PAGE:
Poppe: Budgets address future issues

Published 8:18 am Thursday, May 9, 2013

As the Minnesota legislature enters the final days of the 2013 session, we’re not far off from getting a final budget signed into law.

Last week, I wrote about some of the major components of the budget passed by the House of Representatives. Today, I want to give you some additional context about how our budget compares to what’s been done over the past ten years.

When you take a close look, it’s clear we’re poised to position Minnesota for a bright future by making smart investments instead of continuing the all-cuts approach of the past. Our top priority this session is paying for new investments in education, which generate the most bang for our buck and create positive outcomes that benefit our entire state.

Past vs. Future: K-12 Education

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Past – Minnesota’s education system was once known as a national leader in academic excellence, but we’re slipping due to budget cuts over the past decade. We’ve seen a number of school districts cut back learning opportunities for our kids by switching to four-day school weeks. In addition, an increasing number of students don’t graduate on time, which costs taxpayers more in the long-run. In fact, our four-year graduation rates have slipped to 29th in the nation. Dropping from the top 10 to 22nd in K-12 education funding has tarnished our proud history of prioritizing our children’s education.

Future – In order to regain our status as a national leader, the House passed a budget that makes historic investments in our students. Our plan pays the cost of all-day Kindergarten to make sure all learners are prepared for grade school and provides an additional $315 million for K-12 schools, an average of over $200 per pupil, so students can gain the skills and knowledge they’ll need to be ready for college or a career.

Past vs. Future: Higher Education

Past – We all know someone, whether it be a neighbor, relative, or our own children, who faces a crushing burden of debt to pay for his or her degree. It’s a direct result of budget cuts to Minnesota’s public colleges and universities over the past decade. Past generations had more opportunities because our state paid the costs necessary to help young people earn a post-secondary degree at an affordable price. Tuition more than doubled over the past decade, meaning more and more students from the current generation attending college must devote future income to paying off debt instead of saving to buy a house or a car. If current trends continue, higher education will be out of reach for future generations. The approach of the recent past is clearly not an effective recipe for economic growth or financial stability.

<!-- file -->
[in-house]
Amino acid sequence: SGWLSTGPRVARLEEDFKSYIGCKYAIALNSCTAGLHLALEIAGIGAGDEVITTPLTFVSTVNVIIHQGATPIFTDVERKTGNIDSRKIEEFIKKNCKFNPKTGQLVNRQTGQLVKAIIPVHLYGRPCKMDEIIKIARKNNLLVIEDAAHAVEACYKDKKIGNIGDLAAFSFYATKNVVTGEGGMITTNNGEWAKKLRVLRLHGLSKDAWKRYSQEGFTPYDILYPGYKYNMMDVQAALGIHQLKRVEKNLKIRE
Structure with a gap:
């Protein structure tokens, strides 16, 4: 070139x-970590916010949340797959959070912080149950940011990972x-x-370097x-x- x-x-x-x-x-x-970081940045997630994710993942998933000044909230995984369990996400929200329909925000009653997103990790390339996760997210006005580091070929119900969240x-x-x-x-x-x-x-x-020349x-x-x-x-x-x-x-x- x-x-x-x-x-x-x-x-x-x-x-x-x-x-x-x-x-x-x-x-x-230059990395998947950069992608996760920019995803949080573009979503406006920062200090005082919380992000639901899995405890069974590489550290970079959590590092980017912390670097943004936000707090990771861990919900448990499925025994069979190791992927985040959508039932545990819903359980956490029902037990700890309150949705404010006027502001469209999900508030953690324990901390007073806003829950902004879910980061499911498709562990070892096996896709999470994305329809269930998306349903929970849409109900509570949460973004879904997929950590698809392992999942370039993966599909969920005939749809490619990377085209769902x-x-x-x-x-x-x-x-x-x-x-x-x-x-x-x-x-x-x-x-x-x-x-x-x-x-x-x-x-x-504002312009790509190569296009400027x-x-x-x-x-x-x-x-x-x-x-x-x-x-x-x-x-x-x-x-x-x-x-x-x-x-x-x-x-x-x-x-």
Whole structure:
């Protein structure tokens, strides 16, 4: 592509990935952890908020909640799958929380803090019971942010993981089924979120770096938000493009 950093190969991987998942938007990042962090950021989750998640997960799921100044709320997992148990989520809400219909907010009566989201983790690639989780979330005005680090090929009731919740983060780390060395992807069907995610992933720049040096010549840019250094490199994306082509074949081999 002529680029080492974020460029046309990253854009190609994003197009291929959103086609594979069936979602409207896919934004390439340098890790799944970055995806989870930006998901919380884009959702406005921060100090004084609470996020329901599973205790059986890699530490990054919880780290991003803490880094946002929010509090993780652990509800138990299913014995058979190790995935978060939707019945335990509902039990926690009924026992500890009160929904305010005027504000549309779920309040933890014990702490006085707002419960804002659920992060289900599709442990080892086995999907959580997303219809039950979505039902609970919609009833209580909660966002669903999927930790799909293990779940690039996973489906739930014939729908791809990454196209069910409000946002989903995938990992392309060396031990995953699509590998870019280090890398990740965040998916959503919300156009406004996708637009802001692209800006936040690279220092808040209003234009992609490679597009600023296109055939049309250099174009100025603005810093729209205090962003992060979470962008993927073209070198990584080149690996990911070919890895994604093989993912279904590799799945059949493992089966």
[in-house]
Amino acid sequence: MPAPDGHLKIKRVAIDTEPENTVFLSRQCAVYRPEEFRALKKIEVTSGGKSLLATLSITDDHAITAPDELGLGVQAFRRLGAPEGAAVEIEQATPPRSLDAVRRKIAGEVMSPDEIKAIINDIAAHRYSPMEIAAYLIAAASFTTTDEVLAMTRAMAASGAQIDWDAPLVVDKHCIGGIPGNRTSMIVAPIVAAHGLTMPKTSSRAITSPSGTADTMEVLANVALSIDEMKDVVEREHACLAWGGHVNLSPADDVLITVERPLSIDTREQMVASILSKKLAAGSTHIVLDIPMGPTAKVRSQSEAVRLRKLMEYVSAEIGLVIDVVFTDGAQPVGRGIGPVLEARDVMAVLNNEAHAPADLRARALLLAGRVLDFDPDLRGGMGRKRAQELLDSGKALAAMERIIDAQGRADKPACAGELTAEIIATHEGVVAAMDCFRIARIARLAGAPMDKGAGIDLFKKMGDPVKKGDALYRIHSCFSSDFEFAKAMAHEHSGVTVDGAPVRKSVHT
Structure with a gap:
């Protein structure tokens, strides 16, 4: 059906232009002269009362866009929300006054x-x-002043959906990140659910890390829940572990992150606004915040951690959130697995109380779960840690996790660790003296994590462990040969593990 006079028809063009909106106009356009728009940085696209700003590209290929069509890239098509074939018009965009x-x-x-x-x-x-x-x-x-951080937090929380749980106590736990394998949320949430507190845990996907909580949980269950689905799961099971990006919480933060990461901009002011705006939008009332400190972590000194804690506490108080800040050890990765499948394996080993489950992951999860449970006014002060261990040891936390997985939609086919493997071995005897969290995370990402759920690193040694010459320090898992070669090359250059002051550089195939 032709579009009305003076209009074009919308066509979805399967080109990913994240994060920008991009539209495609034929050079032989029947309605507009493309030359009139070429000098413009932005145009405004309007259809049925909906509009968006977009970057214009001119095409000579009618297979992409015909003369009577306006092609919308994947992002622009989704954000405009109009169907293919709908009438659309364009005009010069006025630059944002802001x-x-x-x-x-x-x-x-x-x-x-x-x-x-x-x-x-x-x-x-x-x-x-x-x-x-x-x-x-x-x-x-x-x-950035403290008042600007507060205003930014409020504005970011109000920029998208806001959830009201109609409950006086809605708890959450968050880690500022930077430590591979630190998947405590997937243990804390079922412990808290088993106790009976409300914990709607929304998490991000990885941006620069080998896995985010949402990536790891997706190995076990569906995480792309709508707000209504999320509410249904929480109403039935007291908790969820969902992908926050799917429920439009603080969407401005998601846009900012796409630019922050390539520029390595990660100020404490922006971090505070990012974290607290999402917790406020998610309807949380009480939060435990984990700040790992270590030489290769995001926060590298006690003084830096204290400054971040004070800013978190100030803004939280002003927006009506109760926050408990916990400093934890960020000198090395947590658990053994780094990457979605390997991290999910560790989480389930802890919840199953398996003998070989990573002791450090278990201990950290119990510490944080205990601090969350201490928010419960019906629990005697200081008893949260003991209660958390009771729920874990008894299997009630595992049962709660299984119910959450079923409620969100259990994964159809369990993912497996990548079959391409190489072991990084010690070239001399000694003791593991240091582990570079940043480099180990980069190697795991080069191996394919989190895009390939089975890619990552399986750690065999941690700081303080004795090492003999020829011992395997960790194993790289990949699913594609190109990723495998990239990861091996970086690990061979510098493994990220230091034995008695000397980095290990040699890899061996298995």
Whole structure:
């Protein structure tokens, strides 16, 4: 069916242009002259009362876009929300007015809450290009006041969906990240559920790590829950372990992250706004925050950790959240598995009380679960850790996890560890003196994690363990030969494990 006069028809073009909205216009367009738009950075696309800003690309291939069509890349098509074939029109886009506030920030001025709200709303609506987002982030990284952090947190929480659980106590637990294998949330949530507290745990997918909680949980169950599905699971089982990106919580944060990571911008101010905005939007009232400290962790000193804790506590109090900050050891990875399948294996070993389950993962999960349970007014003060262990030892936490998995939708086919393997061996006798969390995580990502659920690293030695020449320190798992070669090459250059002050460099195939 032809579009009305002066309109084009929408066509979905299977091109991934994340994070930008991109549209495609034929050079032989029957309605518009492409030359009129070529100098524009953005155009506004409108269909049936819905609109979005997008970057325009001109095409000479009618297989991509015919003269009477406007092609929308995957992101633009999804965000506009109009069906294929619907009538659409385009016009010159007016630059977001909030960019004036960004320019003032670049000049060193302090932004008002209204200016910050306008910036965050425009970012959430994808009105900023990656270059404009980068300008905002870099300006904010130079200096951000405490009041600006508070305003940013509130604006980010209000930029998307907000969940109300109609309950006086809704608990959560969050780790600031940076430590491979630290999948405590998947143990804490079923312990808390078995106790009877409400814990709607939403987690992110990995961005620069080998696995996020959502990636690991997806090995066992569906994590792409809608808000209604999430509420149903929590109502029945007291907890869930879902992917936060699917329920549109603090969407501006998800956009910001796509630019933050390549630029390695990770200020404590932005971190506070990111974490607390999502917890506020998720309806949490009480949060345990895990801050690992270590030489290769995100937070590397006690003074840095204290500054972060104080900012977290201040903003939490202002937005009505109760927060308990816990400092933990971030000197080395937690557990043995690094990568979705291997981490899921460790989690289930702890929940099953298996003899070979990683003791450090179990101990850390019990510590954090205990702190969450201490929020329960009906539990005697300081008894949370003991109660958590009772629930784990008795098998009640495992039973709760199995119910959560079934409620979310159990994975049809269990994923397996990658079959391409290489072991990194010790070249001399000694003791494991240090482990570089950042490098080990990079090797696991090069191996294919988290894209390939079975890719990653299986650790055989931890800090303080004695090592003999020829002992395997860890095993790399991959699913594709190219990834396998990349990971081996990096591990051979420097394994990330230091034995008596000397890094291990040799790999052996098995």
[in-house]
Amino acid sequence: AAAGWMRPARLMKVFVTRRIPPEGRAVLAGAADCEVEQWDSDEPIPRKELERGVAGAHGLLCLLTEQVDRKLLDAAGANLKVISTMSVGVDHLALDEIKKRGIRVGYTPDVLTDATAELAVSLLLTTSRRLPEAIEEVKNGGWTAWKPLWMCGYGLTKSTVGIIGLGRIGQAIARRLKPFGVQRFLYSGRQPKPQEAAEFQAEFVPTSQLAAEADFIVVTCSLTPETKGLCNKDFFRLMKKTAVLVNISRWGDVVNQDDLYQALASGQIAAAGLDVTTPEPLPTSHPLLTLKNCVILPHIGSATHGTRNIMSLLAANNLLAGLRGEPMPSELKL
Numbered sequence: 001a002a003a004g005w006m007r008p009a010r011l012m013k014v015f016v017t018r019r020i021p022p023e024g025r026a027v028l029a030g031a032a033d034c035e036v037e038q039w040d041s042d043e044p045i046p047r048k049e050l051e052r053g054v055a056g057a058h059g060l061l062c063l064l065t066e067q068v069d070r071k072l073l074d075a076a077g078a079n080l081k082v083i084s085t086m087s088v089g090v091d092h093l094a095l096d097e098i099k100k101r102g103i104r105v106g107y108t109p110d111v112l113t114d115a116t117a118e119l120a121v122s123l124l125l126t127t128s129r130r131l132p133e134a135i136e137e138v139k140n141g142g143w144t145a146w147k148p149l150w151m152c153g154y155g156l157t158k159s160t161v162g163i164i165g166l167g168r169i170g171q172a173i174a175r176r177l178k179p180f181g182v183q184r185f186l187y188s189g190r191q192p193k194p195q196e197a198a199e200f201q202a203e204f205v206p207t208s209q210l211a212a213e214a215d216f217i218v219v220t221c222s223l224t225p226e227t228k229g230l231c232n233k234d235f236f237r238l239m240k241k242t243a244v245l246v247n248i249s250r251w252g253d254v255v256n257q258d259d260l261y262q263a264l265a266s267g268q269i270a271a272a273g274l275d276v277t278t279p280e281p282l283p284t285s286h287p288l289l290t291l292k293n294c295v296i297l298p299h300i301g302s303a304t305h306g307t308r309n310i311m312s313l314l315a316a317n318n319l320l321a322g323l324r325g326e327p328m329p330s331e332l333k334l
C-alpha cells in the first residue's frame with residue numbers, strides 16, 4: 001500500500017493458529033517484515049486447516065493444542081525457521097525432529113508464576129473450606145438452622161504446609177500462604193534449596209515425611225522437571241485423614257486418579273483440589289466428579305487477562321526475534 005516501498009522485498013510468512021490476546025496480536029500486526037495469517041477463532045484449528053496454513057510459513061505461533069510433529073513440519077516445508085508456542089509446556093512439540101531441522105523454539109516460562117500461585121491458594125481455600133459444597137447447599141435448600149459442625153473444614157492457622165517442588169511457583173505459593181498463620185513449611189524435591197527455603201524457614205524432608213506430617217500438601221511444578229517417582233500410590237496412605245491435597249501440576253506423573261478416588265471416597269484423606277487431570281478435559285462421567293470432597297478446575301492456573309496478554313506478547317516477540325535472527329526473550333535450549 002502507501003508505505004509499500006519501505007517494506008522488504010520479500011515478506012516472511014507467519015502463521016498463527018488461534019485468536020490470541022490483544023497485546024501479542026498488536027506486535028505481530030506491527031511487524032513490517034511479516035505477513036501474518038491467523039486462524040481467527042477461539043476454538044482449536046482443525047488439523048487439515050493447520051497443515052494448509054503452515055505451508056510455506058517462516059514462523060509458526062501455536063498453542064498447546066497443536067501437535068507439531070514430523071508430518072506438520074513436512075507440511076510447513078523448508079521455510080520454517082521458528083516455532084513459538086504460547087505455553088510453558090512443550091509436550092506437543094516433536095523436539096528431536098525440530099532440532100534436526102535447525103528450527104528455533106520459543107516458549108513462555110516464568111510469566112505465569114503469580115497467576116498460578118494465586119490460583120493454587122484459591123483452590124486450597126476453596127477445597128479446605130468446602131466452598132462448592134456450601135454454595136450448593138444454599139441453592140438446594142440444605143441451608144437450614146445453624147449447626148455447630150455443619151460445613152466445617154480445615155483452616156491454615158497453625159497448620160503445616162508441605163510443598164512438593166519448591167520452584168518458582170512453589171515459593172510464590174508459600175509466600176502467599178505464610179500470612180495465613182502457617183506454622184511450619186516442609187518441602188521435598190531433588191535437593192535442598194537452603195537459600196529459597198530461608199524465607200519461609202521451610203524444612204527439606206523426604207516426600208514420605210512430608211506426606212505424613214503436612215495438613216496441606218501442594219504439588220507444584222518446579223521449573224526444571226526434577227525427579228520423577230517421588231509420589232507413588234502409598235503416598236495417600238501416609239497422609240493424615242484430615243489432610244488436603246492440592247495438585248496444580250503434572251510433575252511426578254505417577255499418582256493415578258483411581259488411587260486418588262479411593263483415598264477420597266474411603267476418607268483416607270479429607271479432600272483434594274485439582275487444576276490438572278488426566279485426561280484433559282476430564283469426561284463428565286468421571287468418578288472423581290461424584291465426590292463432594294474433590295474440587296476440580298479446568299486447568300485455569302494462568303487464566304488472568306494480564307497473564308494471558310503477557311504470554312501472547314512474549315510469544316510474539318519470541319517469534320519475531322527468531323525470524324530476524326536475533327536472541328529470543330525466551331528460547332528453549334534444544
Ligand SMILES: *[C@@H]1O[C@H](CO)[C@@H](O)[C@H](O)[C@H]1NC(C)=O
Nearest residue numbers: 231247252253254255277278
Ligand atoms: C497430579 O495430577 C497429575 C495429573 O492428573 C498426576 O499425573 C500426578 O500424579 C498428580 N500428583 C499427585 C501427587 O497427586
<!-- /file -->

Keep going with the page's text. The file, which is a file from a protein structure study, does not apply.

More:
Future – For the first time in a decade, students at the University of Minnesota system and MnSCU colleges will not see their tuition go up because the House higher education bill pays for an investment to freeze tuition, which comes as welcome news to countless students and parents who have asked lawmakers to address this problem. While I believe we need to do more to bring tuition levels down, stopping costs from soaring any higher is a positive step towards a brighter future for our young adults and our economy.

Past vs. Future: Taxes

Past – An unwillingness to generate new revenue over the past decade meant an all-cuts approach to budgeting. It has not served Minnesota well. Cuts to Local Government Aid (LGA) caused property tax hikes, creating a burden mainly shouldered by middle class families. There’s been an unwillingness to have an honest conversation about our state’s needs and how we pay for them. It’s led to gimmicks like the school shift that only perpetuate our structural budget deficits. This kind of ‘kick the can down the road’ attitude caused record borrowing from our schools and left Minnesota’s fiscal house in a mess.

Future – The House budget uses a combination of new revenue, cuts, and reforms to pay for the investments needed to create a brighter future. Our plan cleans up our books by paying back the school shift debt in full over the next two years. It also pays for sorely-needed middle class property tax relief and increases LGA funding to help prevent our cities and towns from raising property taxes in the future. This means that Minnesotans can continue relying on high-quality services like police officers and firefighters while having more money in their pockets to save for retirement, send their kids to college, or purchase goods and services from local businesses.

Where We Go From Here

When it comes down to it, we need to ask ourselves whether we’re better off as a state right now than we were ten years ago.

I believe last November’s election was a resounding answer from Minnesotans that it’s time to reject what’s happened over the past decade and take a fresh new approach that creates a brighter future for everyone. That’s why the House passed a budget that truly recognizes that we all do better when we all do better. It creates the kind of bright future Minnesotans want and the kind of outcomes taxpayers deserve.

I’m confident the final budget signed into law by Governor Dayton sometime over the next week will reflect that attitude.

Please contact me with any questions or comments about the budget in the final days of the 2013 session. You can reach me by phone at 651-296-4193, by email at rep.jeanne.poppe@house.mn, or by postal mail at 487 State Office Building, 100 Rev. Dr. Martin Luther King Jr. Blvd., St. Paul, MN 55155.